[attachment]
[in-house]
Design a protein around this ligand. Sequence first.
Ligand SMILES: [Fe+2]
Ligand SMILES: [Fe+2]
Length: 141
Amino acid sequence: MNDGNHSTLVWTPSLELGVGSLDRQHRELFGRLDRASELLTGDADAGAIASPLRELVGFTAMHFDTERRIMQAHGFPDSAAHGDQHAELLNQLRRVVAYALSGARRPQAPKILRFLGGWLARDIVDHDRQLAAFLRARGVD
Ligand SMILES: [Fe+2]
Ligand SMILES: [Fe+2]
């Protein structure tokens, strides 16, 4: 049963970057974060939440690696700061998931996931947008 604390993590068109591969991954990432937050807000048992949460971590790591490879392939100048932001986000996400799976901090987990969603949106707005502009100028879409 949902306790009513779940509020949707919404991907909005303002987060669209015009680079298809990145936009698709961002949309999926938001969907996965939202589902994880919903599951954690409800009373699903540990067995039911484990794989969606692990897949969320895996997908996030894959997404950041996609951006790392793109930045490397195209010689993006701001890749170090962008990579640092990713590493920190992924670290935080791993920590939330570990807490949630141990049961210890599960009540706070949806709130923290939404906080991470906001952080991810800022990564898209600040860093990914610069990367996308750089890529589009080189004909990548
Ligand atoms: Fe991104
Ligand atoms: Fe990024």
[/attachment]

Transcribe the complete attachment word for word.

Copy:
[in-house]
Design a protein around this ligand. Sequence first.
Ligand SMILES: [Fe+2]
Ligand SMILES: [Fe+2]
Length: 141
Amino acid sequence: MNDGNHSTLVWTPSLELGVGSLDRQHRELFGRLDRASELLTGDADAGAIASPLRELVGFTAMHFDTERRIMQAHGFPDSAAHGDQHAELLNQLRRVVAYALSGARRPQAPKILRFLGGWLARDIVDHDRQLAAFLRARGVD
Ligand SMILES: [Fe+2]
Ligand SMILES: [Fe+2]
């Protein structure tokens, strides 16, 4: 049963970057974060939440690696700061998931996931947008 604390993590068109591969991954990432937050807000048992949460971590790591490879392939100048932001986000996400799976901090987990969603949106707005502009100028879409 949902306790009513779940509020949707919404991907909005303002987060669209015009680079298809990145936009698709961002949309999926938001969907996965939202589902994880919903599951954690409800009373699903540990067995039911484990794989969606692990897949969320895996997908996030894959997404950041996609951006790392793109930045490397195209010689993006701001890749170090962008990579640092990713590493920190992924670290935080791993920590939330570990807490949630141990049961210890599960009540706070949806709130923290939404906080991470906001952080991810800022990564898209600040860093990914610069990367996308750089890529589009080189004909990548
Ligand atoms: Fe991104
Ligand atoms: Fe990024």